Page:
Taken together, these results suggest that male engagement is critical for the success of IPV interventions such as UBL, especially when programs are embedded in local traditions. Further research is needed to understand the mechanisms through which gender transformative norms can lead to reductions in IPV, as well as how these programs can influence mental health related outcomes.

Although initially designed for villages in rural Ethiopia, UBL has been successfully adapted to other contexts in East Africa and has the potential to be implemented in other regions. See some examples below:

  • UBL in refugee camps: In 2016, UBL was adapted for delivery in a humanitarian context—Somali refugee camps in Dollo Ado, Ethiopia. The adapted UBL program comprised 16 sessions designed to be delivered to groups of women, men, and couples in the context of the “Somali tea talks” (relevant to this setting). Two additional sessions were included to address specific factors underlying IPV risk in this context.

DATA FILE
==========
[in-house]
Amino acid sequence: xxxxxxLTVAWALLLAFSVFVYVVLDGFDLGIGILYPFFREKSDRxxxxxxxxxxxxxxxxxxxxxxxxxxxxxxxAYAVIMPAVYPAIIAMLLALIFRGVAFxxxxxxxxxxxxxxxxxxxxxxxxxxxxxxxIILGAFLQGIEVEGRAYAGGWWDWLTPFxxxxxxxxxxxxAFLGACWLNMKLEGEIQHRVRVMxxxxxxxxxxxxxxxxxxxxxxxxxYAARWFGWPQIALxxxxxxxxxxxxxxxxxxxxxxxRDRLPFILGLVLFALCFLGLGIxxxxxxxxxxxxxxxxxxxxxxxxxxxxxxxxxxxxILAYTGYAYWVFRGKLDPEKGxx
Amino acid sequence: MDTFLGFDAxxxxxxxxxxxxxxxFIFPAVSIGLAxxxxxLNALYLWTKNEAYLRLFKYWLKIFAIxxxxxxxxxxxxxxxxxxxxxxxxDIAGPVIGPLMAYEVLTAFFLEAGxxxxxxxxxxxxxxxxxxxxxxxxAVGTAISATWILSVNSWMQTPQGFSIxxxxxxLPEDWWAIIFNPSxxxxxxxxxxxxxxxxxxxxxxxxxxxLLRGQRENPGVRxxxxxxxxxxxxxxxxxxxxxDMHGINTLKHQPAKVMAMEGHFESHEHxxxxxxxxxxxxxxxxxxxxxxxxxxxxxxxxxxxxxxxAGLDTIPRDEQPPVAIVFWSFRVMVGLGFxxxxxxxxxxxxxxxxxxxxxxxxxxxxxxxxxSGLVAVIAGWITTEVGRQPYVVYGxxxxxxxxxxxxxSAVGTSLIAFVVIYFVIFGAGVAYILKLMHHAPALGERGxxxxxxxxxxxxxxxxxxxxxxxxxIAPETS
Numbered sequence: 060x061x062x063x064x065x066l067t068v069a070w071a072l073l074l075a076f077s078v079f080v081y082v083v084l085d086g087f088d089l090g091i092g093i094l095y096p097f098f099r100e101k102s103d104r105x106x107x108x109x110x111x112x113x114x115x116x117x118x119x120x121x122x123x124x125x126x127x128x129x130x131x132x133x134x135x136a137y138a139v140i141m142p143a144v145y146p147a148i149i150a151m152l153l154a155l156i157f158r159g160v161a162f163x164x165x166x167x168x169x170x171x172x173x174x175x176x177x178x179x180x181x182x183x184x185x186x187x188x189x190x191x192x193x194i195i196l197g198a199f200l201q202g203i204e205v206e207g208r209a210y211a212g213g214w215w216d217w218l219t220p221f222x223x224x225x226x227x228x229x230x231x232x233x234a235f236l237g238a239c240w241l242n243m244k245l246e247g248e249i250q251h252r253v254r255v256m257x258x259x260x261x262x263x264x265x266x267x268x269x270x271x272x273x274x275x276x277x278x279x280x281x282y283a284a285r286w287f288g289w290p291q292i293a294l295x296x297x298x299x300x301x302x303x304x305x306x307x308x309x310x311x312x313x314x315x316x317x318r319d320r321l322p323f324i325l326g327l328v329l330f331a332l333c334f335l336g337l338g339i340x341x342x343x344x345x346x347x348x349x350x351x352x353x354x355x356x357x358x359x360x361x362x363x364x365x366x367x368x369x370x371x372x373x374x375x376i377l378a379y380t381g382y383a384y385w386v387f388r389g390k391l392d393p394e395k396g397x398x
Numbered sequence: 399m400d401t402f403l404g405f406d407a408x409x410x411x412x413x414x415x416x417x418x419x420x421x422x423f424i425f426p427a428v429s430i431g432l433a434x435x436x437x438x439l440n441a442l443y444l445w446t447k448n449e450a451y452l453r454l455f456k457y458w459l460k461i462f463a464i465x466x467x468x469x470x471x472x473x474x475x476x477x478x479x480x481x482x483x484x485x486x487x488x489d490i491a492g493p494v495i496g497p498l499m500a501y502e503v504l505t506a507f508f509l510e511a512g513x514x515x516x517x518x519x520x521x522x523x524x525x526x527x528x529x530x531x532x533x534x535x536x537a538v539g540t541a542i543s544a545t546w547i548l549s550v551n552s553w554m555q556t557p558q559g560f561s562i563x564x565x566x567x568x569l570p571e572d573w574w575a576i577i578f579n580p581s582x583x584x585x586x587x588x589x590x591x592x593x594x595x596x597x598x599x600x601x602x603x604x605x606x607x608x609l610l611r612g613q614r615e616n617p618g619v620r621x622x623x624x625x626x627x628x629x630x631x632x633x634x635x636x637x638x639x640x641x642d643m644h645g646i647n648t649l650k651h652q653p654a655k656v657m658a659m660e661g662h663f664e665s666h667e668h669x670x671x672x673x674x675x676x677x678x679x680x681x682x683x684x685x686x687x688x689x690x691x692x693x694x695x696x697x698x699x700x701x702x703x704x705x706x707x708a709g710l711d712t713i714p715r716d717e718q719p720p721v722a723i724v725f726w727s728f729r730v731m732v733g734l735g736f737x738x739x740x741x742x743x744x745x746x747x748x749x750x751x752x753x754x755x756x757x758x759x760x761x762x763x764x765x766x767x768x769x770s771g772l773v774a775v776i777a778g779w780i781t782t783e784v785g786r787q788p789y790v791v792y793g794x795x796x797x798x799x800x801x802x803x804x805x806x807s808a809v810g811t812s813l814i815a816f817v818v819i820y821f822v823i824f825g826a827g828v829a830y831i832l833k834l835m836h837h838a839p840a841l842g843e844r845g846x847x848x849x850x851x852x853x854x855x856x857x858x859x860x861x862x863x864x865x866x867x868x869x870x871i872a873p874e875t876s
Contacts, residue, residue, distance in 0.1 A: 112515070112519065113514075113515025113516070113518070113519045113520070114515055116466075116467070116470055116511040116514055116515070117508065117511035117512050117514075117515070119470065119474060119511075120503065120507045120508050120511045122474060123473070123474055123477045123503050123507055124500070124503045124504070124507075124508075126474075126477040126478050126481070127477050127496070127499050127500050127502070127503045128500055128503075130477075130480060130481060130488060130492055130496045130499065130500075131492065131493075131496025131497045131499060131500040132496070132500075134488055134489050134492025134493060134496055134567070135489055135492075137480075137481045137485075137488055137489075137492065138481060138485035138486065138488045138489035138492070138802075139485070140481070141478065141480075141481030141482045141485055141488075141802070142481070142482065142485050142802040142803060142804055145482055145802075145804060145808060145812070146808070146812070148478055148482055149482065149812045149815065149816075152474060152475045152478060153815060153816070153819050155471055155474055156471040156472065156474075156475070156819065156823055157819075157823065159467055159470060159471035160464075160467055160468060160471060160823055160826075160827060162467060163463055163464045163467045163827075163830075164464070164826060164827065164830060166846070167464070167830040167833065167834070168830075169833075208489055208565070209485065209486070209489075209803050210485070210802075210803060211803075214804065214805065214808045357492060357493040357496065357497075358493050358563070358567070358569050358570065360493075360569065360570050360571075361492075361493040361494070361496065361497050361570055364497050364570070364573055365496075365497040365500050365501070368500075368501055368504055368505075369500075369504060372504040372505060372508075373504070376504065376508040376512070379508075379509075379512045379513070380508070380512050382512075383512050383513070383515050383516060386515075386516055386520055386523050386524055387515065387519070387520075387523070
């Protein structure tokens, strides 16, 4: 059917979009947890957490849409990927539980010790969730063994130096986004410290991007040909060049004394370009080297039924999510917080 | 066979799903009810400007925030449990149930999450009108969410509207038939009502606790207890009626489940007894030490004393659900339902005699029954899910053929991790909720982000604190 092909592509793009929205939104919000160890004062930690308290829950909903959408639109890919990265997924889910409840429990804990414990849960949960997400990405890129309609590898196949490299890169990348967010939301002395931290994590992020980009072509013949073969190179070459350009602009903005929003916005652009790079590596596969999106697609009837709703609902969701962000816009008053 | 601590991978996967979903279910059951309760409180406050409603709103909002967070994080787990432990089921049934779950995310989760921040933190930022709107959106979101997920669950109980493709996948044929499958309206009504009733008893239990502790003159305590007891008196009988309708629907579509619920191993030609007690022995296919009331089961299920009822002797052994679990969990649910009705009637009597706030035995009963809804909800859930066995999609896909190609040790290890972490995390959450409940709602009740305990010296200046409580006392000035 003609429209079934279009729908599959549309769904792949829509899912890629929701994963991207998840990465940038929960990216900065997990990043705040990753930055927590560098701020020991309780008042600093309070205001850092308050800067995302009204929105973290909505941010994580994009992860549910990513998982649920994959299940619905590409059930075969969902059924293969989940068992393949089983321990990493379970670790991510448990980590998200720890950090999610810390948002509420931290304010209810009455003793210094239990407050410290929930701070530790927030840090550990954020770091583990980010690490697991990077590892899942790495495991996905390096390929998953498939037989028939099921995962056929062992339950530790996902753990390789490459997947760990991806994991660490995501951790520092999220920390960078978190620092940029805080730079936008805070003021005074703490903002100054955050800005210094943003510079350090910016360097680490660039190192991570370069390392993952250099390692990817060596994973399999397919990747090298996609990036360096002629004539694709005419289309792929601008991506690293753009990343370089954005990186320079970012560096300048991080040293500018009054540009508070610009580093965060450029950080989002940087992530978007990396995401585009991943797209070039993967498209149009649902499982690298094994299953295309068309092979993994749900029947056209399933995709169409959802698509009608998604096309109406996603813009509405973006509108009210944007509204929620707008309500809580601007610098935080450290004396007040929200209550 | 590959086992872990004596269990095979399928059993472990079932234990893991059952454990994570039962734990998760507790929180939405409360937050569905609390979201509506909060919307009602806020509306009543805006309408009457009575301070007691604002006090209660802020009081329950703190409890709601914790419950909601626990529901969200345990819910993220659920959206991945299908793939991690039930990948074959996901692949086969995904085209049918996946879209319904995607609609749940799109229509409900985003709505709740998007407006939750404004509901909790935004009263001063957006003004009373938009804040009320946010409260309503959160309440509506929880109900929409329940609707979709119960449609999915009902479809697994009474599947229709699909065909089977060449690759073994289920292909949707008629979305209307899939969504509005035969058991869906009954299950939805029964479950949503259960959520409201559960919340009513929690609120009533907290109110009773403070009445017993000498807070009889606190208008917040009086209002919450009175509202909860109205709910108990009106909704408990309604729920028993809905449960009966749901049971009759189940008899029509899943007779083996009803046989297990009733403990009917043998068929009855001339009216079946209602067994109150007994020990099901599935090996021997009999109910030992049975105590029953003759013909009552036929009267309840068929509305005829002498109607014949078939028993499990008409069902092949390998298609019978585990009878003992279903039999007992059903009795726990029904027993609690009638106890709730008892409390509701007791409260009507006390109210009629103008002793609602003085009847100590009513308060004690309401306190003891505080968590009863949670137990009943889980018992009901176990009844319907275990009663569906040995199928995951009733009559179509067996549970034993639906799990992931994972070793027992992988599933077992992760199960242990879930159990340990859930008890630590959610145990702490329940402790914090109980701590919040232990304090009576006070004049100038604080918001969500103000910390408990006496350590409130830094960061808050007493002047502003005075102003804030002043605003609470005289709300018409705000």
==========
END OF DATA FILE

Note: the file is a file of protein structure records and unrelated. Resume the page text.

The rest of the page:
• UBL as a podcast series: A podcast-based adaptation of the UBL intervention has been developed and piloted in order to expand the program to hard-to-reach populations in both low-income and humanitarian settings, when in-person group-based sessions may not be possible. The UBL podcast intervention delivers the content via a series of audio episodes containing dramas, interviews, and debates that can be broadcast at Listening Centers (safe spaces within the community), or potentially listened to on an individual’s own mobile device in their home. 

Drawing on learnings from the two UBL adaptations above, researchers are compiling lessons on how to effectively adapt IPV interventions to new contexts. The researchers are planning to adapt UBL to new contexts in Southeast Asia and the Caribbean, and are exploring further randomized evaluations and long-term follow-ups to build on their existing work.